HELLO ! I am making this for no particular reason other than loving everyone and feelin’ good. The people mentioned in this post are great and everyone should follow them, because they are good. Thank u.

First I wanna talk abt my longtime mutuals (italicized are the ones I consider myself closest to

@bhazavur @berrystumpytail @staticoyote @lilyheartkin @ufm @sorreltail

@antpelts @joharvellle @eclipse-cat @mistystar @stitchedhearts @willowpelt @mothwingingit @detectivedimple @elizasoulmate @prynna @suwawa

Now here are all other people you should follow and I love them (italicized are, once again, the ones I consider myself closest to)

@bakemeat @foxheart @unflavoredgelatin @wayhaughts @calzonatrash @gordieslachance @scornfvl @pawnees @steve-diana @maxcaulfield @kingsbesideyou @gaskarth @calliopestorres @wlwrobbins @captainsawyers @jeangranger @bisexualmeredith @jesicacapshaw @sararwmirez @lesbianicrbbins @astronati @torres-calliope @cowboycake @osymandias


@snowfur @treepets @lil-perks @josielines 

I love u.

Alrighty thank you!! If I forgot you I am very sorry :(

anonymous asked:

u use alot of AAVE in ur tags, are black by chance? (not that it matters im just always excited when i find stim blogs ran by black ppl. feels good to kno autism is being supported within my community)

I sure am!! I’m allistic though, but I try to be as supportive as I can! ^^ I’m sure there are a lot of other stimblogs run by POC too!! It just might not seem like it at first since most people don’t feel the need to mention their race all the time lol ^^;

I’m overdue for posting a selfie (the last ones I posted were months ago lol), and I would take a new one but I haven’t looked selfie-worthy in a long time, but here’s one from a couple months ago!

anonymous asked:

Do allistic people stim?

Yes. Almost everyone fidgets to some extent, even neurotypicals. However, autistic people, ADHDers, and people with anxiety tend to stim the most. Other neurodivergent people may also stim more than a neurotypical would. 

The reason I use fidget when talking about neurotypicals is because there is a lot of debate about who can use the word stim. The general consensus I’ve seen, and what I agree with, is that only people who have been stigmatized for the behavior should be using the word stim. In other words, neurodivergent people can use the word stim as we’ve been shamed, bullied, and abused for our stims. Meanwhile, neurotypicals fidget and no one thinks anything of it.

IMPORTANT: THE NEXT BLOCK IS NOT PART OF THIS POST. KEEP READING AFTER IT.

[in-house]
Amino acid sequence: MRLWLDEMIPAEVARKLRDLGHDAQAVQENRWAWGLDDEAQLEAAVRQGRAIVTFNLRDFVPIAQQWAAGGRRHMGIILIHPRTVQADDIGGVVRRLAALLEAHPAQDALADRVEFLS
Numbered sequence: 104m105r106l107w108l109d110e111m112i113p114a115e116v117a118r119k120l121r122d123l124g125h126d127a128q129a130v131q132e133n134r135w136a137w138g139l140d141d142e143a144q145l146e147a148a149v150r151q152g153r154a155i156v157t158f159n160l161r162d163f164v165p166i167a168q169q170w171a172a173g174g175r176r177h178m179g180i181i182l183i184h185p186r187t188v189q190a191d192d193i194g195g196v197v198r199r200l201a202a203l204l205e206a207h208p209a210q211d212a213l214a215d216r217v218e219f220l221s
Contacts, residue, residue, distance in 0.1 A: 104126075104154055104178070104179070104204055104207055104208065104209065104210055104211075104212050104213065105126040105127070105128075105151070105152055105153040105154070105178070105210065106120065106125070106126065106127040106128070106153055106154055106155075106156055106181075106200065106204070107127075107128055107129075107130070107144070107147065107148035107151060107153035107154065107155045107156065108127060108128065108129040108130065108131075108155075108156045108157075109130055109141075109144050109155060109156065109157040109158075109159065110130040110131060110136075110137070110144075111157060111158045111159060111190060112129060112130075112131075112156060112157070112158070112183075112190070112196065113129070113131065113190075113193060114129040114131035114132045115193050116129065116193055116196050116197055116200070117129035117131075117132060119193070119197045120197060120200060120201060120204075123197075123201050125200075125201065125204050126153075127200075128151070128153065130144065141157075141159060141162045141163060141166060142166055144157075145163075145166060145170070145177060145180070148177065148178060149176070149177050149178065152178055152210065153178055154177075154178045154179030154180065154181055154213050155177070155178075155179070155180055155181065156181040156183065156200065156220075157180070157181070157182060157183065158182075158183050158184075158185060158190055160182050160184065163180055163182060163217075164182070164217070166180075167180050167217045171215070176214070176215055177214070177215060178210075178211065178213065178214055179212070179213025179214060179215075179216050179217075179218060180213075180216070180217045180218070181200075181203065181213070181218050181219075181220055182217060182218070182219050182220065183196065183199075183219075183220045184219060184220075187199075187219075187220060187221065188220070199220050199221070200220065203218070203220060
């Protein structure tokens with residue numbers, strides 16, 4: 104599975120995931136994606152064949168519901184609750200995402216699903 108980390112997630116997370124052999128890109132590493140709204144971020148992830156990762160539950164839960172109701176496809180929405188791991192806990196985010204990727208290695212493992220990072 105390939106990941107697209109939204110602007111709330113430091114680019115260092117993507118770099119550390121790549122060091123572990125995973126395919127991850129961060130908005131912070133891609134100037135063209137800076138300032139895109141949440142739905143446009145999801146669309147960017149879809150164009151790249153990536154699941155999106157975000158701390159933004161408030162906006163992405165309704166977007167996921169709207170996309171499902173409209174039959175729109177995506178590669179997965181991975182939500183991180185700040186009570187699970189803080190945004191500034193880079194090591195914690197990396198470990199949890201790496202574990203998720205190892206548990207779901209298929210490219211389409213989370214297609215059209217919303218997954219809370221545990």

I just explained my issues with executive dysfunction to my dad and holy shit he gets it!

I described it like this: 

Imagine you’re back at AllPro(where he worked) with fifty phones and they’re all ringing. You want to answer them all because they’re all equal priority. That’s an environmental cue– phones are generally a ‘respond immediately’ cue.

Picking up a phone is a simple thing. You know it’s as easy as deciding which phone to answer and reaching out to pick it up, but your brain is saying “I must answer all of them!” The phones are ringing, and you can’t make your body reach out to pick one up because you don’t have fifty arms to reach out, you don’t have fifty ears to listen with, you don’t have a brain that can process and respond to fifty conversations and you don’t have fifty mouths that can all say different things all at the same time. 

Either you do it all simultaneously or nothing will happen. You can want to do it so bad it makes you cry, and you can’t make a decision because no choice seems like the right one. So the task stays unfinished and you get frustrated every time somebody reminds you to “just do it, it’s not that hard!” Because yes, it really IS that hard.

Now, if you had somebody who could point to which phone to answer, you can do it fine. That’s a prompt. Prompting removes the ‘middle man’ thought that says ‘do it all at once’ and gets you to focus on tasks one at a time instead of seeing them as some towering insurmountable mess.

Dad looked at me for a couple of seconds and said something to the effect of, “I didn’t know doing things were that hard for you.”

This is a major, major, major breakthrough between us because dad had it in his head that I left things messy because I didn’t care. While that’s crappy of him to assume, teaching him how that’s not the case and having him really understand it is a huge deal.

Different types of allistics

The Autism Mom™: constantly talks about how hard it is to have an autistic kid, highkey abusive but gets away with it because her child is autistic, is fueled by people telling her how BRAVE she is to deal with an autistic child

The Openly Ableist™: doesn’t try to hide their hatred of autistic people, used the R slur every other sentence, posts videos of autistic people having meltdowns to reddit for the Lolz

The Know It All™: has a friend who’s cousin is autistic nd somehow thinks this makes them an expert on autism/autistic issues

The Autism Savior™: helps out at one “special needs” program and suddenly believes they’re the best person in the world, that they are the most humble and selfless person to exist because they were in a room with an autistic person and weren’t actively abusive

The “Ally"™: says the support autistic people, actually just supports Autism $peaks, uses person first language, uses functioning labels, speaks over actually autistic people, gets angry when an autistic person asks them to make accommodations for them (usually also The Autism Savior™)

An Actual Ally: tries to listen to what autistic people are saying and not speak over them, happily helps autistics with sensory things and gets them what they need, haha lets be real this type doesnt exist lmaooo